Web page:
Kenyan Pastor in Atlanta Speaks Out Against Gay Marriage

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The issue of same-sex marriage has been one of the hottest topics over the last decade and one that certainly is not going away anytime soon. But for this nation to have an informed debate, it is important for both sides to respectfully hear opposing arguments and converse in a civil manner.

In the 80’s and 90’s some in the anti-gay community used language about this issue that was disrespectful, dramatic, and hateful. Well now, it appears that some in the gay rights community are returning the favor towards Americans who support traditional marriage.

As the nation settles from Tuesday’s vote to make North Carolina the thirtieth state to ban same-sex marriage – while now reacting to the shock of President Obama’s political gamble in openly supporting gay marriage – it is frustrating to hear supporters of traditional marriage, like me, called bigots, homophobic and intolerant.

Support for traditional marriage is not about hate or bigotry, as has been spun by many gay rights groups. It is simply a difference of opinion based on religion or respect for traditional institutions. As a Christian, I love everyone no matter if they agree with me or not. I love gay and lesbian people because Jesus Christ has called on me to do so.

In full disclosure, I am a registered Democrat and someone who voted for President Obama in 2008. However, it has been disappointing to see the President and officials within his administration become so vocal about their support for same-sex marriage and critical of those who disagree. What is so ironic about this is that the President himself said in 2004 that he supported the marriage definition of one man and one woman. He said, “What I believe, in my faith, is that a man and a woman, when they get married, are performing something before God, and it’s not simply the two persons who are meeting.”

Apparently, as of today, that’s changed.

President Obama once believed that faith was an appropriate reason to support traditional marriage. Obama wasn’t called a bigot then, so why are those that support traditional marriage now called such things?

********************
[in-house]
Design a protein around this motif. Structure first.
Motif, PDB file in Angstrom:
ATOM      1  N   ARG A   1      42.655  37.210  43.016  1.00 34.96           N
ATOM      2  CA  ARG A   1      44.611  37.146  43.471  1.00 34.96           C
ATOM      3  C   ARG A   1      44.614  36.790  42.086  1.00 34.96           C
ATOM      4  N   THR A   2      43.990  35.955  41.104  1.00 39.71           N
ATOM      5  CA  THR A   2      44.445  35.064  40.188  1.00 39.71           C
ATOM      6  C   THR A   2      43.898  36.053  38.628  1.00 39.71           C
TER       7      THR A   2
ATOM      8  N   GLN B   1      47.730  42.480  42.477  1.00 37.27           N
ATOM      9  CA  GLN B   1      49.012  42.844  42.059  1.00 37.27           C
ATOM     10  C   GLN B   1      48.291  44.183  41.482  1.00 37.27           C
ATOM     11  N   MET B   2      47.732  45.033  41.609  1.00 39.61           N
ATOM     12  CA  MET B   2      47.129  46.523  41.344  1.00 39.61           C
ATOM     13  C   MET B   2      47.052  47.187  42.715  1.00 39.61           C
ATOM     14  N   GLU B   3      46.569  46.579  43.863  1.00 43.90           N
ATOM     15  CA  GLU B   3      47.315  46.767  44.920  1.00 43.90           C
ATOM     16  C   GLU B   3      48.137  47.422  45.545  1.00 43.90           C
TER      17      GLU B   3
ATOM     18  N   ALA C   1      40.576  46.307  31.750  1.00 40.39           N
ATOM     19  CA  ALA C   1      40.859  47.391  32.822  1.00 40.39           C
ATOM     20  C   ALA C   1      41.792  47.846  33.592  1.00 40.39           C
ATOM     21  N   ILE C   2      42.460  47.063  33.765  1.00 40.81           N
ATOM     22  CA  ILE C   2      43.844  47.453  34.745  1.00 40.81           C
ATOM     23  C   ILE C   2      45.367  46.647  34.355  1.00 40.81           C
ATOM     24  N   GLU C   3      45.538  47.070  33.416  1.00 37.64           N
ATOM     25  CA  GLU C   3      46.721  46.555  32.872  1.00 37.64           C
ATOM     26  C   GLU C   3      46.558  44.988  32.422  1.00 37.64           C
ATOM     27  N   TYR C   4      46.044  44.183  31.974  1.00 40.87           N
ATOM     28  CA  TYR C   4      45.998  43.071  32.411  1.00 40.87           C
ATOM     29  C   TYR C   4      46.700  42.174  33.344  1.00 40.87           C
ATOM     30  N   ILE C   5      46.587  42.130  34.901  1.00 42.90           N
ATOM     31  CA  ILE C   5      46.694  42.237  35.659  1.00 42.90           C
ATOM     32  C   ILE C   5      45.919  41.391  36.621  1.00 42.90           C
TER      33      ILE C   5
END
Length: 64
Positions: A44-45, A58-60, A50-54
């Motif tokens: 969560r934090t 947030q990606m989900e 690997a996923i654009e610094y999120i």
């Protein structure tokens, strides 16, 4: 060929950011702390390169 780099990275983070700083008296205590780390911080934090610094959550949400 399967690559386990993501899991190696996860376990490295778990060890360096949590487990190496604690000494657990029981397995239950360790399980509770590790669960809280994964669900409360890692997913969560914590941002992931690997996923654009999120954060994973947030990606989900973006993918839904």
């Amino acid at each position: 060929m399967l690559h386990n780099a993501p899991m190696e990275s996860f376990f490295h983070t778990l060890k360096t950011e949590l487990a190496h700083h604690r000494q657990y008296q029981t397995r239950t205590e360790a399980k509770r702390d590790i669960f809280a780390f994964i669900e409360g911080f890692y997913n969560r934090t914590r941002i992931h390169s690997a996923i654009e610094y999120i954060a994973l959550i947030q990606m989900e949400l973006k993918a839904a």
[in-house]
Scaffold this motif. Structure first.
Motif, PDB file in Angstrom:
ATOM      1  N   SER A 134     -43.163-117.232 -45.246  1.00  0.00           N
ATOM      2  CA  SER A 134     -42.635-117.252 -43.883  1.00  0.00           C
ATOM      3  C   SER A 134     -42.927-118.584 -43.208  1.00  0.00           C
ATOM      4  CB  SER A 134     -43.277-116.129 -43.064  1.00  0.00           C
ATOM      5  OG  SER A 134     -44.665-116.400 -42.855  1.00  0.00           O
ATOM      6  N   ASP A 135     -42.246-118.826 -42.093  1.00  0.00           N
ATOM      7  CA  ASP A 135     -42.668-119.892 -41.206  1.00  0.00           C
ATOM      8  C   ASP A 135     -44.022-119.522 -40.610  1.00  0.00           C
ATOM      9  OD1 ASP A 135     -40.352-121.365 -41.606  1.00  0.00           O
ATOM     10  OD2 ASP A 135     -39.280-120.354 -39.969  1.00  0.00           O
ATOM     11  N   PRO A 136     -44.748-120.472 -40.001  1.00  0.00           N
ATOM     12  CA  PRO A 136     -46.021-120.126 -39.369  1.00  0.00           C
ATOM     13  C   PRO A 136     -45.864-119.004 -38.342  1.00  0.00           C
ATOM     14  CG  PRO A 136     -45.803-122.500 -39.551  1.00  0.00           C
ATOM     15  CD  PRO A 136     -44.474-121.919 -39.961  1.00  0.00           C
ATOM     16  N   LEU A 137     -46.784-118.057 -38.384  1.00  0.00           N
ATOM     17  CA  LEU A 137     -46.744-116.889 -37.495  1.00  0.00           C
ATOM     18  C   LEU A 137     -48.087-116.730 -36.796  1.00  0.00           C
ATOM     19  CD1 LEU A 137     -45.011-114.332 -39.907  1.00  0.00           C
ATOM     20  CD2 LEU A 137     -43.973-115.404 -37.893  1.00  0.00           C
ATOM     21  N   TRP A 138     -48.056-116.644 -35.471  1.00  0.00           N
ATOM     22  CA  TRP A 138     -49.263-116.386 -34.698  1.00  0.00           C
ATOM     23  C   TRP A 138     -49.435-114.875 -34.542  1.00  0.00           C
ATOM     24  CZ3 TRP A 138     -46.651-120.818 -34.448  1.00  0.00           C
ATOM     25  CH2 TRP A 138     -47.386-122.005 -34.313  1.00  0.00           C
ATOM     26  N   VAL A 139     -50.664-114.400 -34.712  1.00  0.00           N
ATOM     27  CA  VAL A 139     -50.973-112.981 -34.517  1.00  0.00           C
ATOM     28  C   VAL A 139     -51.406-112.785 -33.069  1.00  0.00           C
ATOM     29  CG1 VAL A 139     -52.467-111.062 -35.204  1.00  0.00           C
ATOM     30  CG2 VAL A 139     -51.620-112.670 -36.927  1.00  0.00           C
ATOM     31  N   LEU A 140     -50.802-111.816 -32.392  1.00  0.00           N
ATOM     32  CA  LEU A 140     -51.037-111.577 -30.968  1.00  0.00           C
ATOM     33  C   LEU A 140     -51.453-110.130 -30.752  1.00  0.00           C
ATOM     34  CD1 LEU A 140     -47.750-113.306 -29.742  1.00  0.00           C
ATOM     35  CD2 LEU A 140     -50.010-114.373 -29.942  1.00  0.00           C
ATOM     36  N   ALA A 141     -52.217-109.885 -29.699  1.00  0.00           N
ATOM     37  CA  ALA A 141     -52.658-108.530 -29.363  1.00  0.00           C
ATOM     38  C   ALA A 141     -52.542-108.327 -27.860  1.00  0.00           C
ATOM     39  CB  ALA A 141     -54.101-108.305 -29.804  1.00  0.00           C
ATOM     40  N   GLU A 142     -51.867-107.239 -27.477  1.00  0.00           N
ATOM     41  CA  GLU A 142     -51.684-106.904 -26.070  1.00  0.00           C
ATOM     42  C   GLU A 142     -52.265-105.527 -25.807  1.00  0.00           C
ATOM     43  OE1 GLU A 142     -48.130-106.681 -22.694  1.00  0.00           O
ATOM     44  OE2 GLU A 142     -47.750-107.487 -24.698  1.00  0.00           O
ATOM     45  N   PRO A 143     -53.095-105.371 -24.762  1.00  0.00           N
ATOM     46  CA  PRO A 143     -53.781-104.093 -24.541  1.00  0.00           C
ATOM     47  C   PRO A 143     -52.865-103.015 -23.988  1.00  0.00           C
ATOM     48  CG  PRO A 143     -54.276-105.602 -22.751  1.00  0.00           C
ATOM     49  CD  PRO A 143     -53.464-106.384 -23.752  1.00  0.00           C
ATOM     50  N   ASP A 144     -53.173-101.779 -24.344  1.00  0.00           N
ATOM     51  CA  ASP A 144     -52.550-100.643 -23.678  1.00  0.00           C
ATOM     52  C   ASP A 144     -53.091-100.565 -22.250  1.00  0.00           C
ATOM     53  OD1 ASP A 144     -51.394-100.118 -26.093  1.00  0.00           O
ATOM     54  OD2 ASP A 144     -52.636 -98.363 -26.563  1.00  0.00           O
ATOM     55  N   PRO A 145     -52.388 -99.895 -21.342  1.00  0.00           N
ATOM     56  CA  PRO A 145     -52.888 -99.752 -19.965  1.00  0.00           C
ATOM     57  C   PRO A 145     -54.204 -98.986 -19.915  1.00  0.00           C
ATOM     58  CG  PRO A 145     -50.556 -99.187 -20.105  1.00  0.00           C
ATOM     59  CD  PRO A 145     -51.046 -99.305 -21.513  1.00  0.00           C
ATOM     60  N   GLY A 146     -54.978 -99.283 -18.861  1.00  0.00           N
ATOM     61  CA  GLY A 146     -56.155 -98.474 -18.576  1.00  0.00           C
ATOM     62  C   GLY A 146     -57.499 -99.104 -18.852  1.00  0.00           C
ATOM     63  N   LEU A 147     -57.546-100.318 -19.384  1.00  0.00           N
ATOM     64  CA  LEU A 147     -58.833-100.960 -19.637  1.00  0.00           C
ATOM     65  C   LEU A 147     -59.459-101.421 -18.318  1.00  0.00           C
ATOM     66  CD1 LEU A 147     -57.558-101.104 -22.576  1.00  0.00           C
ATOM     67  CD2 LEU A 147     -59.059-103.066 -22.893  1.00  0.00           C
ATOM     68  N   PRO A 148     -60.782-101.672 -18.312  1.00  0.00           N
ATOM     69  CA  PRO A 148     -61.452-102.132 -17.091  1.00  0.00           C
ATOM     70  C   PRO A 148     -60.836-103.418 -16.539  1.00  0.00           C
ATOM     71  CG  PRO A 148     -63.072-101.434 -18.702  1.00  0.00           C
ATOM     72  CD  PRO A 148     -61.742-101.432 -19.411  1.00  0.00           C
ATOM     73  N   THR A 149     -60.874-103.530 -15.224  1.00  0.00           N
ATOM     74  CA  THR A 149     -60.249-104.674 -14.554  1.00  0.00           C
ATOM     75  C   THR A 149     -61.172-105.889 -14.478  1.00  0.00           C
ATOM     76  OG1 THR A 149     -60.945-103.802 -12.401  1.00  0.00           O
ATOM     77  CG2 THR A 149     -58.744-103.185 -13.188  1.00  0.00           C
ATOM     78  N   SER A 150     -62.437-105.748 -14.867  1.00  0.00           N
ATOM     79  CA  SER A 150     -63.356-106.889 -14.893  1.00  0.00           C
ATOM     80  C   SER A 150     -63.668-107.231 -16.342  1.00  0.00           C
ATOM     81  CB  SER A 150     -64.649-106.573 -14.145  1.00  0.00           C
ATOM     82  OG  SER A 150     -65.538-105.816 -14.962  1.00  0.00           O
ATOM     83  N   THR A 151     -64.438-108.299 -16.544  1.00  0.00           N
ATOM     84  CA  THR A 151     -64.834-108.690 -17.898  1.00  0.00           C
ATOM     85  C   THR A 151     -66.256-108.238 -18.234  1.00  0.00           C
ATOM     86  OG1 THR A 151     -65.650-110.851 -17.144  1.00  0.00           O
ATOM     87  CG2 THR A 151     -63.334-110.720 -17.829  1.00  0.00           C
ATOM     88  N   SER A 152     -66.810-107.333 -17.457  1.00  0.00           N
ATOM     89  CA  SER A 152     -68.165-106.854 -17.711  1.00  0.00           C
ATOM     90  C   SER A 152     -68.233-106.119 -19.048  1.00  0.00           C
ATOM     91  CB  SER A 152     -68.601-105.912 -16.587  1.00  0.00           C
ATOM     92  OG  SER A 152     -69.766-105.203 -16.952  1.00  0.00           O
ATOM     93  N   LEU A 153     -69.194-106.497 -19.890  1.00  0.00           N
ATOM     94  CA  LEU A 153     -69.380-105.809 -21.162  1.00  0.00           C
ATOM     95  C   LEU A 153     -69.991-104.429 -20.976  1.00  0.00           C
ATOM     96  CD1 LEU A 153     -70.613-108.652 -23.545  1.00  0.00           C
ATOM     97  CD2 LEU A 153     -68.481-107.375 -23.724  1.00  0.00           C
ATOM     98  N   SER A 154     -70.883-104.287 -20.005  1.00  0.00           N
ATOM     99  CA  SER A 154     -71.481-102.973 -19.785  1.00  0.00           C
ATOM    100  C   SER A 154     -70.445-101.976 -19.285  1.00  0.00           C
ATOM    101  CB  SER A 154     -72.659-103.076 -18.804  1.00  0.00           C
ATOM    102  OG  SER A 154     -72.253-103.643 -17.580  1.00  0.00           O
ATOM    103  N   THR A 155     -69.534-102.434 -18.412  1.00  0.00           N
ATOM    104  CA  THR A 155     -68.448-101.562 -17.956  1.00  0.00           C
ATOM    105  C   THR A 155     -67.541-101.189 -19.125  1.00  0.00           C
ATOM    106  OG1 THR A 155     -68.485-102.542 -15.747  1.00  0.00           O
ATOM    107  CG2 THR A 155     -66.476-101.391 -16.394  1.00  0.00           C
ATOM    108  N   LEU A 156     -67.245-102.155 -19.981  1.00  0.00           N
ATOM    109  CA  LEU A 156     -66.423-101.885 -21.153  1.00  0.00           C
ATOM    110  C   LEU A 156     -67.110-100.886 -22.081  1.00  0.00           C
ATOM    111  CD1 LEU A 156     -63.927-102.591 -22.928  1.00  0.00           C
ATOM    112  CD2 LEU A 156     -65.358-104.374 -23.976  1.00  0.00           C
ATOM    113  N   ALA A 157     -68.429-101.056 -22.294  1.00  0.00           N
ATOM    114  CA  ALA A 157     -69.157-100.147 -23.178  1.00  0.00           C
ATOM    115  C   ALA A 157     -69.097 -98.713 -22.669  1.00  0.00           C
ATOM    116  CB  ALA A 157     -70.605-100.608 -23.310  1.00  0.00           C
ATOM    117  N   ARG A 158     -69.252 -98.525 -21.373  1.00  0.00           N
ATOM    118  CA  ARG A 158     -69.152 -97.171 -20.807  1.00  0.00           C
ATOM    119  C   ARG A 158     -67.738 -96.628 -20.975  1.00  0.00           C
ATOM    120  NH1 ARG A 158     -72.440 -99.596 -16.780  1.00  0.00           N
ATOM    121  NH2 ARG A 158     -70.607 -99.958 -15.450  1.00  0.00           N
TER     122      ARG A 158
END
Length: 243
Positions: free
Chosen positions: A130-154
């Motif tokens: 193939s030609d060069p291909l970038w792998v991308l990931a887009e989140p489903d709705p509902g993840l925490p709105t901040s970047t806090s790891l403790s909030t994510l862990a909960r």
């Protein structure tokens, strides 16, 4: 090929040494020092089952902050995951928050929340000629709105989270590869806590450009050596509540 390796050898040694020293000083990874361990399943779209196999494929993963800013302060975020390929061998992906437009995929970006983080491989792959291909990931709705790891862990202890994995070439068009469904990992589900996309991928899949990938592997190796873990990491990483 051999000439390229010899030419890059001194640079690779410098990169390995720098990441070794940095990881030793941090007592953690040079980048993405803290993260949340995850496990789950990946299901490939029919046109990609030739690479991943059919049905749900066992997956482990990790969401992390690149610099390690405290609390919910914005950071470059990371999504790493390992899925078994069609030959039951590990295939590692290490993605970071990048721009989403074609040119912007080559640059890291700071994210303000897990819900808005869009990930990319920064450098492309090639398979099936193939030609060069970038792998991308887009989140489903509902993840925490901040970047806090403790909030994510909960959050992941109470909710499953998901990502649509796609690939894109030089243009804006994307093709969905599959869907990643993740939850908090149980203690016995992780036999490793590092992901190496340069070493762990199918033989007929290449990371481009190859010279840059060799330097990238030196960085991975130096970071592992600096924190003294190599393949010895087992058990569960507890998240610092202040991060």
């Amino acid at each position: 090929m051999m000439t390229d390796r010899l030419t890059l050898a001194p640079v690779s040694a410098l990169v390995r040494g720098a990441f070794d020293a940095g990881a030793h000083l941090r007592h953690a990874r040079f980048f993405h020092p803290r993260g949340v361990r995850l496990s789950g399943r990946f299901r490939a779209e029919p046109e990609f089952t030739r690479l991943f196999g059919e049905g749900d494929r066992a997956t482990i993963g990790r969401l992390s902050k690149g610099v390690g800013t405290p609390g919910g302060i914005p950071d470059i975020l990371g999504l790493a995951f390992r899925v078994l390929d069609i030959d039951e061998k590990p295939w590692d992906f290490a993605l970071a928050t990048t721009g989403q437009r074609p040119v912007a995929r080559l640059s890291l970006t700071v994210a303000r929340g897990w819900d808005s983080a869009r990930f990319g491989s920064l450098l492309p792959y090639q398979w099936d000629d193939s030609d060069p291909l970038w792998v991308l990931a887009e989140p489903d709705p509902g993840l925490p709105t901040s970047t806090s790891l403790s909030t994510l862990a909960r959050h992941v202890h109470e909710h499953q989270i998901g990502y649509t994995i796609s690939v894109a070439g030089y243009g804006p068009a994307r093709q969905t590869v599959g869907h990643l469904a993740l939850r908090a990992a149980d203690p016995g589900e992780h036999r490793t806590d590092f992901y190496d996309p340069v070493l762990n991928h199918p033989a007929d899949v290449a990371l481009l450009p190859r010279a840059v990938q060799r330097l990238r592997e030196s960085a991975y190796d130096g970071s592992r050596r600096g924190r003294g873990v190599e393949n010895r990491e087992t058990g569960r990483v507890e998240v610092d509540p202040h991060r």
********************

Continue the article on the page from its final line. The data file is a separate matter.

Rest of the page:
As a Democrat, I feel like the Party’s leaders in Washington are telling people like me that we’re not wanted within the “big tent.” As the Democratic National Committee considers an official platform at the Charlotte Convention in support of same-sex marriage, they should know that there are many Democrats like me who would be appalled by such a move.

I understand that not every religious American agrees with me, but the vast majority of citizens who call themselves religious or Christian stand with me on this issue. The vast majority of Muslims, Mormons and other religions also agree with me. Religious freedom is not just the right to believe and teach what you want in private. It is the right to live a religious life. And because we live in a Democracy, we have every right to express our opinion about what the laws of this nation should be.  This nation was founded on religious liberty and it is important for those beliefs to be respected; attacks on Americans because of their religious belief for traditional marriage is intolerance, and should not be encouraged.

Many supporters of traditional marriage believe that there are other ways to grant certain rights, such as hospital visitation, to gays and lesbians without changing the definition of marriage. Even many non-religious Americans support traditional marriage because it is a foundational institution that has been in place for thousands of years.  Our society has protected institutions for a reason, and they should be respected – there is no bigoted or hateful nature about this belief.

As an African American, it is also frustrating and disingenuous to hear the plight of gay rights compared to racial civil rights of the mid-20th century. Gays and lesbians may face discrimination, but it is nothing like the abuse, violence and racism suffered by my ancestors.

So, my encouragement for Christians and Muslims and other religious Americans around the nation is to not be intimidated because of your support for traditional marriage. But you must communicate your beliefs with compassion and respect. My challenge to gay Americans is to not demonize persons of faith who may disagree with you. Support for traditional marriage is not bigotry, and it is not homophobia.  Let’s prove to the rest of the World that America is great because we can differ on policy, yet live together side by side in harmony and civility.

By Maina Mwaura. Maina is a pastor at Green Forest Community Baptist Church in Atlanta, Georgia. Mwaura formerly worked at the Baptist Convention of Maryland and Delaware as the Student Ministry Consultant.
 

Source: Politics 365

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